In order to reduce resistivity, we attempted to ion implant protons into the subject films with the object of creating ion vacancies. This approach was considered unique since ion implantation, to our knowledge, had not previously been reported as a means of altering the properties of transparent conductive films. Unexpectedly, however, ion implantation did not have the desired effect on either the as-deposited film or the film after it had been annealed.
As described in our copending application U.S. Ser. No. 335,708 annealing of the as-deposited transparent films of indium oxide and zirconium oxide produces a precipitous drop in resistivity when the temperature exceeds about 700 as-deposited film with protons effectively blocks the decrease in resistivity otherwise caused by annealing. This is just the opposite of what would be expected from proton ion implantation. This effect could certainly not have been predicted from what is known about films containing only indium oxide, for example, since implantation with protons decreases the resistance thereof. The mechanism by which the effect produced in accordance with this invention occurs is unknown.
Therefore, in accordance with this invention, a transparent film of indium oxide and zirconium oxide having selected areas of high and low resistivity is formed by ion implantation of the as-deposited film with protrons followed by annealing of the film at a temperature in excess of 700
As previously stated, the subject films are preferably prepared by rf sputtering onto a suitable substrate. The sputtering target is a mixture of indium oxide and zirconium oxide in the same weight ratios as the films. The films can be of varying thickness depending on the intended use thereof. Generally, the subject films should be between about 2,500 and 5,000 angstroms, preferably about 3,500 angstroms thick. The rf sputtering gas is a mixture of oxygen and argon, preferably in a partial pressure ratio of from about 50:50 to about 70:30. The pressure in the sputtering chamber is not particularly critical, and is generally between about 10 and 30 millitorr.
Ion implantation of the subject transparent conductive films is carried out in conventional ion implantation equipment. Generally, a dose of between about 10.sup.10 and 10.sup.16 protrons/cm.sup.2, preferably about 10.sup.16 protons/cm.sup.2 is utilized. Implantation is carried out conventionally by using a mask of resist material and flood exposing the target. Typically, implant energy is from about 10 to about 300 KeV, preferably about 30 KeV.
After implantation, the film is annealed in accordance with our copending application, U.S. Ser. No. 335,708 i.e. the film is annealed in a reducing gas atmosphere at a temperature between about 700 C., preferably at about 750 hydrogen, usually in combination with an inert gas such as nitrogen, argon and the like. A preferred reducing gas is forming gas which is a mixture of hydrogen and nitrogen. Forming gas conventionally is hydrogen and nitrogen in a 1:9 partial pressure ratio.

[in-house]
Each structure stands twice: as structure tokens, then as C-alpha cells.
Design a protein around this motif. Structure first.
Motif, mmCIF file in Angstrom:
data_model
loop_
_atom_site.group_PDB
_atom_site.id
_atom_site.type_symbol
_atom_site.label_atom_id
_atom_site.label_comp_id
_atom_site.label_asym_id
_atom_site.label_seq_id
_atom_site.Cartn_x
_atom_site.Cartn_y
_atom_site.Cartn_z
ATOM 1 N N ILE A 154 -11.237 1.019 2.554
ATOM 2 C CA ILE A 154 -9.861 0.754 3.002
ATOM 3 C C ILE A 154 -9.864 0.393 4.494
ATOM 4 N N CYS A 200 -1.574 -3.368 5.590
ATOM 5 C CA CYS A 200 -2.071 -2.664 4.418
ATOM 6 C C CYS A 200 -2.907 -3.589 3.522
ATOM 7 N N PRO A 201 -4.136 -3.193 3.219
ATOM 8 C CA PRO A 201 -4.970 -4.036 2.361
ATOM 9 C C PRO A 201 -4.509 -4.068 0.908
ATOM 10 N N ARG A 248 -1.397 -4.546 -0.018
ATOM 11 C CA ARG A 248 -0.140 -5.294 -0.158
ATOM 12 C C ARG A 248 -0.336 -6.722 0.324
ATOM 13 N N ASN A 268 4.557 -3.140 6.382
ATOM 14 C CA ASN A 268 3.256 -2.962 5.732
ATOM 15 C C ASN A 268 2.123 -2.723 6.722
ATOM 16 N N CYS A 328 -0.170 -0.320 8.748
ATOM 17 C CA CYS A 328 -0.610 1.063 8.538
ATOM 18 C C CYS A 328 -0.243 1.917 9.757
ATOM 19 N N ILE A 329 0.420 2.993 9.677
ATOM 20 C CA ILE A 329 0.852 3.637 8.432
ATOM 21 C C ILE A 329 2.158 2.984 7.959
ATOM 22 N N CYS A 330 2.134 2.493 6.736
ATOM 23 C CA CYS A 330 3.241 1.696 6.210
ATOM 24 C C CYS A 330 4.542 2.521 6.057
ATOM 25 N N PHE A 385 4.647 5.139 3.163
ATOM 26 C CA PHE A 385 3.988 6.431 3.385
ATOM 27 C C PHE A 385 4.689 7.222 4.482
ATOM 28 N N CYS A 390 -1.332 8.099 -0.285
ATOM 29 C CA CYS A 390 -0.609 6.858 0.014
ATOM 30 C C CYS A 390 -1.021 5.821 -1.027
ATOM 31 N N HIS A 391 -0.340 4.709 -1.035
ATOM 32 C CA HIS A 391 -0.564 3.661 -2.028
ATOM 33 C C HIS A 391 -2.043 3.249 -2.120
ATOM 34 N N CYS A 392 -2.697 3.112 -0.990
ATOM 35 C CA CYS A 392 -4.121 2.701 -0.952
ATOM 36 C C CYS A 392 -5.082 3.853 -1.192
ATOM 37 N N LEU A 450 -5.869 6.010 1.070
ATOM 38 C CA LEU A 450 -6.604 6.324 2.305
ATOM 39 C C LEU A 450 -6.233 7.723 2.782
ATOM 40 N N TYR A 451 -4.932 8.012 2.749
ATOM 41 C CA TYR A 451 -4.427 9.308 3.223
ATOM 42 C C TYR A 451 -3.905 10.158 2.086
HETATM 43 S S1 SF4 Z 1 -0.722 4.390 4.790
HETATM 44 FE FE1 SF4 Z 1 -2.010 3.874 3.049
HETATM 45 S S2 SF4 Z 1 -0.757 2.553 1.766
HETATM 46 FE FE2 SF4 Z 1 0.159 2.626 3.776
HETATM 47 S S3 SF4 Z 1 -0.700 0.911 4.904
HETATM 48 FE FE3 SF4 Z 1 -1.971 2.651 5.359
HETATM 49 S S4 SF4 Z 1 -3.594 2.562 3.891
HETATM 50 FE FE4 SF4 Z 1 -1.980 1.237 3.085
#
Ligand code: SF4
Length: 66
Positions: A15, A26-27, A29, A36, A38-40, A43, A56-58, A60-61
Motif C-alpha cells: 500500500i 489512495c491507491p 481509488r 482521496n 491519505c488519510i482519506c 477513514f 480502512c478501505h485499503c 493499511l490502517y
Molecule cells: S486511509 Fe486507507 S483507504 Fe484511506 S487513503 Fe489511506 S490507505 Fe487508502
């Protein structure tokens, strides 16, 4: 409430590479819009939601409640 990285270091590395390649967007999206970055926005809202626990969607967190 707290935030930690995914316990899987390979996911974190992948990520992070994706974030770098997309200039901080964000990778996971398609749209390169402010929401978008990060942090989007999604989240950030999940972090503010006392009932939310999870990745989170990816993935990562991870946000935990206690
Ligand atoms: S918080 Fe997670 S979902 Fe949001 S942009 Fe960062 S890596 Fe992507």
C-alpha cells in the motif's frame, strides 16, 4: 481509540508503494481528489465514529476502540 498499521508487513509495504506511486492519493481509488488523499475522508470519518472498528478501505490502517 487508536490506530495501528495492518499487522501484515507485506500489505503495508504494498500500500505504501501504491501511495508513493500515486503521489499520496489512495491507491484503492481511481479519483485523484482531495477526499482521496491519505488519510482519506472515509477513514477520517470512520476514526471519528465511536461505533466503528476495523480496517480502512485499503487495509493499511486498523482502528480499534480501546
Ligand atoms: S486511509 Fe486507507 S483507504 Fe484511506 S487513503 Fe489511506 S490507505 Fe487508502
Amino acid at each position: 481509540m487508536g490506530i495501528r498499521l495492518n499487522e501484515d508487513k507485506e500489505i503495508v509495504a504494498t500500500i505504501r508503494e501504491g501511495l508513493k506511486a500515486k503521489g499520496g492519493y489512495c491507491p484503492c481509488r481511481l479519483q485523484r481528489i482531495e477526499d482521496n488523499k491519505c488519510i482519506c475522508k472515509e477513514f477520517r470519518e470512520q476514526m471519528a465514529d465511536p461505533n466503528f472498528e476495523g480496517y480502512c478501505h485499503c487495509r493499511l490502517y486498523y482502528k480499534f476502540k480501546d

Annealing of the subject films in a reducing gas dramatically reduces resistivity in the areas not ion-implanted from an initial sheet resistivity above about 10.sup.11 ohms/sq. to a sheet resistivity of about 20 ohms/sq or less. The resistivity of the ion-implanted areas of the film is unaffected by annealing as described hereinabove. Thus, the present invention provides a convenient, effective means of producing transparent conductive films having areas of high and low conductivity.
The subject films are useful in a wide variety of applications, particularly charge transfer imagers such as CCD imagers. As is conventional with films of this type, the subject films are formed directly on the substrate and then treated to create areas of high and low resistivity
The following Example further illustrates this invention, it being understood that the invention is in no way intended to be limited to the details described therein. In the Example all parts and percentages are on a weight basis and all temperatures are in degrees Celsius, unless otherwise stated.
A target consisting of an equal weight percent mixture of indium oxide and zirconium oxide was placed in a conventional rf sputtering apparatus. Utilizing p- or n-type silicon wafers coated with a 2500 angstroms thick coating of silicon dioxide as a substrate, a transparent film 3,500 angstroms thick was formed thereover.
The film was covered with a layer of the positive photoresist Hunt 204 available from Hunt Chemical Co. which was irradiated and developed. The photoresist layer served as an ion-implant mask. The film was ion-implanted with protons in the areas not covered by the protecting layer of resist utilizing a dose of 10.sup.16 protons/cm.sup.2 and an implant energy of 30 KeV. The resist masking layer was removed by dissolving in a suitable solvent and the film annealed in forming gas, i.e. a mixture of nitrogen and hydrogen in a partial pressure ratio of 9:1, for 15 minutes at 750
The sheet resistivity of the ion-implanted areas was 10.sup.11 ohms/sq., which was the sheet resistivity of the film as deposited. In contrast, the sheet resistivity of the non-implanted areas had been reduced to 20 ohms/sq. The electrical and optical properties of the film remained constant upon exposure to normal variables of temperature and humidity.